# your.harvard

The my.harvard logo

## Problem to Solve

If youâ€™re not already familiar, Harvard has a course shopping tool called my.harvard, with which students explore (and ultimately register for!) classes. To keep track of courses, students, and their registrations, my.harvard presumably uses some kind of underlying database. And yet, if youâ€™ve ever used it, youâ€™ll know that my.harvard isnâ€™t especiallyâ€¦ quick.

Hereâ€™s your chance to make my.harvard just a little bit faster! In this problem, take some Harvard course data and create indexes to speed up typical queries on the database. Keep in mind that indexing every column isnâ€™t always the best solution: youâ€™ll need to consider trade-offs in terms of space and time, ultimately representing Harvardâ€™s courses and students in the most efficient way possible.

## Distribution Code

For this problem, youâ€™ll need to download harvard.db and an indexes.sql file in which youâ€™ll write your SQL statements to create your indexes.

Log into cs50.dev, click on your terminal window, and execute cd by itself. You should find that your terminal windowâ€™s prompt resembles the below:

$ Next execute wget https://cdn.cs50.net/sql/2023/x/psets/5/harvard.zip  in order to download a ZIP called harvard.zip into your codespace. Then execute unzip harvard.zip  to create a folder called harvard. You no longer need the ZIP file, so you can execute rm harvard.zip  and respond with â€śyâ€ť followed by Enter at the prompt to remove the ZIP file you downloaded. Now type cd harvard  followed by Enter to move yourself into (i.e., open) that directory. Your prompt should now resemble the below. harvard/$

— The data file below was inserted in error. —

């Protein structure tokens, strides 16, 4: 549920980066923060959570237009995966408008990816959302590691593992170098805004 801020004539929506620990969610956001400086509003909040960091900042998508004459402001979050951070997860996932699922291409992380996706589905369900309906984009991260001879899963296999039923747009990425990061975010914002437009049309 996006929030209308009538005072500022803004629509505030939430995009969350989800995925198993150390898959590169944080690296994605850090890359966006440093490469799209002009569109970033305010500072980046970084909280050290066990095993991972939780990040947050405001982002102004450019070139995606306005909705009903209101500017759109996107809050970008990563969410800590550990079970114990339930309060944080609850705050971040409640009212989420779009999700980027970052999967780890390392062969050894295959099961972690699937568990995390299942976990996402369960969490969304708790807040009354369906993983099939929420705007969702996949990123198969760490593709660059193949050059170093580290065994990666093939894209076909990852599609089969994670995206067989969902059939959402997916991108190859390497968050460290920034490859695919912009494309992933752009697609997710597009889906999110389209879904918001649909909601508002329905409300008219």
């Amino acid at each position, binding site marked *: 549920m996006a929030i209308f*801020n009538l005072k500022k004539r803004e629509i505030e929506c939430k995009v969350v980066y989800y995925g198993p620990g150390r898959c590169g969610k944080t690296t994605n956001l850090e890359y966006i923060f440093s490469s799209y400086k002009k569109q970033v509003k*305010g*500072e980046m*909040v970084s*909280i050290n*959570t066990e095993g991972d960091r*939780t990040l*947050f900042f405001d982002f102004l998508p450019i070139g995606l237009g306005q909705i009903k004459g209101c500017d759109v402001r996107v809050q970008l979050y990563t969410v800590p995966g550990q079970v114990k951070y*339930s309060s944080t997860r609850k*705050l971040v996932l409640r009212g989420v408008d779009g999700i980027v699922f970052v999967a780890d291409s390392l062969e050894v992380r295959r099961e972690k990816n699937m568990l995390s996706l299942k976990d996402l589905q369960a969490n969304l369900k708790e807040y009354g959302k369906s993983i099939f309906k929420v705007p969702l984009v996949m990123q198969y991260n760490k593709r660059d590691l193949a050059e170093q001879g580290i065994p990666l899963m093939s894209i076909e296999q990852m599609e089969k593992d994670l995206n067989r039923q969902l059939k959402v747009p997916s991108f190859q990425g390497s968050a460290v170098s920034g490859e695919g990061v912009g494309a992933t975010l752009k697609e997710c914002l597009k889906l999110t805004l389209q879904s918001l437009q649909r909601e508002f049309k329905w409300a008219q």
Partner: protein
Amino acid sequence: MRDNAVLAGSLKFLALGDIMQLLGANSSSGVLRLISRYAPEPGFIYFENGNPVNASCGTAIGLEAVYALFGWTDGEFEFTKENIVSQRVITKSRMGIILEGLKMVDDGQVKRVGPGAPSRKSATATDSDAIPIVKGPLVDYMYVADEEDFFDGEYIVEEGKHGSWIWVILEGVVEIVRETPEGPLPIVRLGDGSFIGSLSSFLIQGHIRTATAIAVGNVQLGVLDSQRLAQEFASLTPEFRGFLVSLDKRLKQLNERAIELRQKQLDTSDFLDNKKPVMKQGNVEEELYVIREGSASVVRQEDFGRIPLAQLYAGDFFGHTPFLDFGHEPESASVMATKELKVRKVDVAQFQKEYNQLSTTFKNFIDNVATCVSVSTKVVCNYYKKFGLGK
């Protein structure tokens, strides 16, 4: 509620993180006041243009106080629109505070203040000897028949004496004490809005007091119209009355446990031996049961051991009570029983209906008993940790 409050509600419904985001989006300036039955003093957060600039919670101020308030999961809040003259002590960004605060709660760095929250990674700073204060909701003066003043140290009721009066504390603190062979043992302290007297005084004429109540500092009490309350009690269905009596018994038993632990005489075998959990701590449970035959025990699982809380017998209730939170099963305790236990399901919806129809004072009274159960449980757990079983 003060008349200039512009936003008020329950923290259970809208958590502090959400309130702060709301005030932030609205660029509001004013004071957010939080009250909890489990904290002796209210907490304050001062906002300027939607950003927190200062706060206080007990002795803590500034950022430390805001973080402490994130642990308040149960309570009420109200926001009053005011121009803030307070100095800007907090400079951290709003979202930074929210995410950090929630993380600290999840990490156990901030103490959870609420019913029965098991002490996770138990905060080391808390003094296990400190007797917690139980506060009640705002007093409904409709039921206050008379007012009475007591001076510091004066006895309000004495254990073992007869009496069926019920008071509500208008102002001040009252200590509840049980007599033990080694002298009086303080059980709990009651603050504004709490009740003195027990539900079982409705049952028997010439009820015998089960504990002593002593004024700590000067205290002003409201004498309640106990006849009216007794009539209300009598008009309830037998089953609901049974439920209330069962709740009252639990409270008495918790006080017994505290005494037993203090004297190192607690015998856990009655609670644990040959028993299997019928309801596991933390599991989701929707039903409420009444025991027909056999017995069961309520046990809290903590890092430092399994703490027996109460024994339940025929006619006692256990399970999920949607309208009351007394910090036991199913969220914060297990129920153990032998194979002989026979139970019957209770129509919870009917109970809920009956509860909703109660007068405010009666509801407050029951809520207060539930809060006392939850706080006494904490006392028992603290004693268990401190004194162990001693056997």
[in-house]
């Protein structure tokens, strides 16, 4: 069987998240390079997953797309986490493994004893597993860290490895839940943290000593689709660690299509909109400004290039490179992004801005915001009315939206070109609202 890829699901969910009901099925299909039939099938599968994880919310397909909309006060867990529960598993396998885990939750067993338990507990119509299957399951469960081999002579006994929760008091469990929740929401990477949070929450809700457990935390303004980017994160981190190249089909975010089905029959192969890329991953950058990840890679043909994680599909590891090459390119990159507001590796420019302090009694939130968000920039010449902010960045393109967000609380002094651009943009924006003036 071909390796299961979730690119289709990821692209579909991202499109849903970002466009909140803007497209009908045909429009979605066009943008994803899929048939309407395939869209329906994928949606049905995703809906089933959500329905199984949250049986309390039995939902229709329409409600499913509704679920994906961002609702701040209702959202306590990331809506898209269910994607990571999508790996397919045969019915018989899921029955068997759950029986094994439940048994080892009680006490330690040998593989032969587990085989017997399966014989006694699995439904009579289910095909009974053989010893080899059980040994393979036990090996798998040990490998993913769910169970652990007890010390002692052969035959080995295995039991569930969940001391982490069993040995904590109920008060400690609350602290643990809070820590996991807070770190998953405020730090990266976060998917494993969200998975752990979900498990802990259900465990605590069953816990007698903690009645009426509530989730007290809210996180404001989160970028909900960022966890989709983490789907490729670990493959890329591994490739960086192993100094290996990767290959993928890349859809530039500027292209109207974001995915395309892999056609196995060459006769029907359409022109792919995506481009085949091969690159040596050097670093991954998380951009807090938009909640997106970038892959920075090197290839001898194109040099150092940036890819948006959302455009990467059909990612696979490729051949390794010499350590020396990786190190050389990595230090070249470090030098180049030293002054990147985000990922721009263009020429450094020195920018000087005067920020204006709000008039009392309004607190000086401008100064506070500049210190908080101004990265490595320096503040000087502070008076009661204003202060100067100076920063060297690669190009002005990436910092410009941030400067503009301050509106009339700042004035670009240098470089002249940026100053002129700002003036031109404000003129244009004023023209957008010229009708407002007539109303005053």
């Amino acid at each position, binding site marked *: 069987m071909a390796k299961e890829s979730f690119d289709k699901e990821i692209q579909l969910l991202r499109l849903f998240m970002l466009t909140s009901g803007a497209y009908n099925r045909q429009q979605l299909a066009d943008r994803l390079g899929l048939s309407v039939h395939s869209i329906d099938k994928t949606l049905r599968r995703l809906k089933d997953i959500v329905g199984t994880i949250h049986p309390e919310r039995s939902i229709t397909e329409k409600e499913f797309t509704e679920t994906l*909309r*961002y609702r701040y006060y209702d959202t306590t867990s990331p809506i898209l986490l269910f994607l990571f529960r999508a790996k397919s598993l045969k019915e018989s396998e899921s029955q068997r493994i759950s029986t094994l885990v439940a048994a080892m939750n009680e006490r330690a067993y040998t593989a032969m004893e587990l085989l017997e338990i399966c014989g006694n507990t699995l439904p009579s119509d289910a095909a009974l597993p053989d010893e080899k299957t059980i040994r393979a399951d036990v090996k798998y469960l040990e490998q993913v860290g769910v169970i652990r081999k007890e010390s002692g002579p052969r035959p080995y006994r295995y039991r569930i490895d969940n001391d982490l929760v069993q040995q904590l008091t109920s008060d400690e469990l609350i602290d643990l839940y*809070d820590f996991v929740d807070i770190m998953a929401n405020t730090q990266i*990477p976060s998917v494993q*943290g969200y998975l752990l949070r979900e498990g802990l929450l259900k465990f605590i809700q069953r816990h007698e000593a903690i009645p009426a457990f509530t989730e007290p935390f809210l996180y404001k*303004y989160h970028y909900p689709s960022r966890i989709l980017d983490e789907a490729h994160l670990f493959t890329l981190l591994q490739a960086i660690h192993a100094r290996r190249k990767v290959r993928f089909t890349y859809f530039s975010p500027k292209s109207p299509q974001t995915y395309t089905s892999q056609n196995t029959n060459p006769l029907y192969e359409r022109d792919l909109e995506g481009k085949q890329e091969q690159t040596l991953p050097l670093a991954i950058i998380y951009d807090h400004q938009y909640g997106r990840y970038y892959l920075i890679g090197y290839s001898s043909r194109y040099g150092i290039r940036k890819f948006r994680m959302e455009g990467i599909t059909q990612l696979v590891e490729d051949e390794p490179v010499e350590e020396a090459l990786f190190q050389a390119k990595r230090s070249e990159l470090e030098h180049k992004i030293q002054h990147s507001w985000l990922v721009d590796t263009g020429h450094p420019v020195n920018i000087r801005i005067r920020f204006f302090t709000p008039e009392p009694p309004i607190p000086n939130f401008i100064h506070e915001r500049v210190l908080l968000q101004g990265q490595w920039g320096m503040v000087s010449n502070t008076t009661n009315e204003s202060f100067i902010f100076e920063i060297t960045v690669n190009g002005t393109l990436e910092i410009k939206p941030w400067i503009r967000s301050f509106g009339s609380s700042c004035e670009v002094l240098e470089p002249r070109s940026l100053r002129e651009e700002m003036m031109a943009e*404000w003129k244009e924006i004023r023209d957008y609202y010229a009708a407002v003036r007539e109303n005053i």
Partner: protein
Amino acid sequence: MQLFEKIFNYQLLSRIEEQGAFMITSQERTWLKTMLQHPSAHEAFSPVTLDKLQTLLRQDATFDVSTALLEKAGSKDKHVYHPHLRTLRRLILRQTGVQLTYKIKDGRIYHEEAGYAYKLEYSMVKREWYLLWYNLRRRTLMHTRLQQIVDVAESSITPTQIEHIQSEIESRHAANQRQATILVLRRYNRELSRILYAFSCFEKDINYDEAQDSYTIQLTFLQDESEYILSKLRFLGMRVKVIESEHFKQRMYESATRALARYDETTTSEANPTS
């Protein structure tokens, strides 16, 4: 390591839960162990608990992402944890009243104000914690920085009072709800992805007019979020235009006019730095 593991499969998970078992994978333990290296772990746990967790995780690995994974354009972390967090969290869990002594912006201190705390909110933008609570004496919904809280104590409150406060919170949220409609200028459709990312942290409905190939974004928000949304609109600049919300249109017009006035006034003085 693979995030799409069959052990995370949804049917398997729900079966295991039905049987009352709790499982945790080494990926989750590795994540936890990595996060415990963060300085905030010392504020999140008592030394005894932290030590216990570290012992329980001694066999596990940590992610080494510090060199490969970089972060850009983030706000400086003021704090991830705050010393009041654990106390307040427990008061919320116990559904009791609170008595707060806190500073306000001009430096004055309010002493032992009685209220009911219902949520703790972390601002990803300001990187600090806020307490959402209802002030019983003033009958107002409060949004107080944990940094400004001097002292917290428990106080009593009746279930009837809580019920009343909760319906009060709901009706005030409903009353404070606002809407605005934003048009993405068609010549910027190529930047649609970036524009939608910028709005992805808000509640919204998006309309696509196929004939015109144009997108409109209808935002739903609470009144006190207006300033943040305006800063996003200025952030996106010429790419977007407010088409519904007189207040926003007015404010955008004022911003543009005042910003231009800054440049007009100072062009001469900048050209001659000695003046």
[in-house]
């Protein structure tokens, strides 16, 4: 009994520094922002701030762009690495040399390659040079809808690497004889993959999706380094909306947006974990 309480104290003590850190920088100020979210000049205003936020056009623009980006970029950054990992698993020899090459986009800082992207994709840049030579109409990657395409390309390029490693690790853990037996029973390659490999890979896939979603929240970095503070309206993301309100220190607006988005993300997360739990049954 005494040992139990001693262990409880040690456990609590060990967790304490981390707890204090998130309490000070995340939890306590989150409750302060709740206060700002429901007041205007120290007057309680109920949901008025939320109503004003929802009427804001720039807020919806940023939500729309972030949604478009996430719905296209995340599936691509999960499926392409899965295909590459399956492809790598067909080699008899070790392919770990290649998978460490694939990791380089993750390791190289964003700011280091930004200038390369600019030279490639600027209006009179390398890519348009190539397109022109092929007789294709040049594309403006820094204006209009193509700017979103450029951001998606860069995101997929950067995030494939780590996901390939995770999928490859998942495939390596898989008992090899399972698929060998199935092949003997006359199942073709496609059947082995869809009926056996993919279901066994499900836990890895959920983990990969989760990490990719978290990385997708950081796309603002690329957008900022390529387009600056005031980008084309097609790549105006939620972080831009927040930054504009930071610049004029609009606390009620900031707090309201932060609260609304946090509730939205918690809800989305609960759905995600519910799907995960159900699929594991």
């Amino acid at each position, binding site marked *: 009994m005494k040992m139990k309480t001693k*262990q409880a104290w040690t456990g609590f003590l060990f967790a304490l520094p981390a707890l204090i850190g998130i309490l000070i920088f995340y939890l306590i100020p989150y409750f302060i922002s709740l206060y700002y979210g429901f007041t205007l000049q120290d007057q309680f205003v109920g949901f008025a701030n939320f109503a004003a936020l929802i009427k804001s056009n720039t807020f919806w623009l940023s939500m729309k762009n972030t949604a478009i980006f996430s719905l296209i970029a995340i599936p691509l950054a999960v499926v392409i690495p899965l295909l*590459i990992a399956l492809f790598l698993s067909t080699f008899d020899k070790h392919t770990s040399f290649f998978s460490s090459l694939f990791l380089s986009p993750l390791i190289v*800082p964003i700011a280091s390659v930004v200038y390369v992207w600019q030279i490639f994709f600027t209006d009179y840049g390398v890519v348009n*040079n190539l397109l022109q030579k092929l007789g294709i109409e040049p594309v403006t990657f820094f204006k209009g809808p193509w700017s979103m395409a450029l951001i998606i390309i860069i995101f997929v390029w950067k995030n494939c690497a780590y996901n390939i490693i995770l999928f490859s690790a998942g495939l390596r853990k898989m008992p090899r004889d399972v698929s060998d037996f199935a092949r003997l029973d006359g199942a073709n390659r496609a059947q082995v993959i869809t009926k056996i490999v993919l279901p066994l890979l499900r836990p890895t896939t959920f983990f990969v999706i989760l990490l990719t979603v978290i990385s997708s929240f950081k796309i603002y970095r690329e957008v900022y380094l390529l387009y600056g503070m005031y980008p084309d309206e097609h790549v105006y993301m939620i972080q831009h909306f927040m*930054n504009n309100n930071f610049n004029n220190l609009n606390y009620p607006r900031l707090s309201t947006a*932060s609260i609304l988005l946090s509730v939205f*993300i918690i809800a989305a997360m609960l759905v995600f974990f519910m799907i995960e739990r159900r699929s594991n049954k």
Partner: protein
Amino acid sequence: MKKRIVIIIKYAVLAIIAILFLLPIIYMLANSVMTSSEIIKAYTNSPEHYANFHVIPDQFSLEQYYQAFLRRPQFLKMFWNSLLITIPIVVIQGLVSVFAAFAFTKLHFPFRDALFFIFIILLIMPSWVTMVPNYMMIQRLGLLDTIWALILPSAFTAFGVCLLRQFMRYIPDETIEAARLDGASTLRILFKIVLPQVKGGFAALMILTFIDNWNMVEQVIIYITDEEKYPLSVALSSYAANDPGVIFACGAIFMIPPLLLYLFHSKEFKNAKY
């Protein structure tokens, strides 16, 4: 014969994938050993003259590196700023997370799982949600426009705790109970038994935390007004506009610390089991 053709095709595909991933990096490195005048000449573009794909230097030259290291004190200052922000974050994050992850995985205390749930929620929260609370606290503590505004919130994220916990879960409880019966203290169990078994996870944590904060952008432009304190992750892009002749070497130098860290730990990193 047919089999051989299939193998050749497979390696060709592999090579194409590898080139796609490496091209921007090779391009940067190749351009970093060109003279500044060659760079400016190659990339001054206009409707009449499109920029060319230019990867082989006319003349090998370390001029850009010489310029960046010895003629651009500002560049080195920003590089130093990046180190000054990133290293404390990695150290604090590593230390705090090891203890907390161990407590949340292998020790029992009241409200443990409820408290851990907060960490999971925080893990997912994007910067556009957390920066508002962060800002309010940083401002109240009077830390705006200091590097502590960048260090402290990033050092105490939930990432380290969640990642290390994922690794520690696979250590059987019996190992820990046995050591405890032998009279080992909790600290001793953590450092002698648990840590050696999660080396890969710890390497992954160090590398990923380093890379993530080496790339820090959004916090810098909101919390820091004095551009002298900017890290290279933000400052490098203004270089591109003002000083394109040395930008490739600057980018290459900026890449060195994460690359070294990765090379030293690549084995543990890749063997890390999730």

If all was successful, you should execute

ls


and see a database named harvard.db alongside a SQL file named indexes.sql. If not, retrace your steps and see if you can determine where you went wrong!

## Schema

erDiagram
"Student" }o--|{ "Course" : "enrolls in"
"Course" }|--o{ "Requirement" : "satisfies"


Within harvard.db, youâ€™ll find five tables that implement the relationships described in the ER diagram above. Click the drop-downs below to learn more about the schema of each individual table.

students table

The students table contains the following columns:

• id, which is the studentâ€™s ID.
• name, which is the studentâ€™s name.
courses table

The courses table contains the following columns:

• id, which is the coursesâ€™s ID.
• department, which is the department in which the course is taught (e.g., â€śComputer Scienceâ€ť, â€śEconomicsâ€ť, â€śPhilosophyâ€ť).
• number, which is the course number (e.g., 50, 12, 330).
• semester, which is the semester in which the class was taught (e.g., â€śSpring 2024â€ť, â€śFall 2023â€ť).
• title, which is the title of the course (e.g., â€śIntroduction to Computer Scienceâ€ť).
enrollments table

The enrollments table contains the following columns:

• id, which is the ID to identify the enrollment.
• student_id, which is the ID of the student enrolled.
• course_id, which is the ID of the course in which the student is enrolled.
requirements table

The requirements table contains the following columns:

• id, which is the ID of the requirement.
• name, which is the name of the requirement.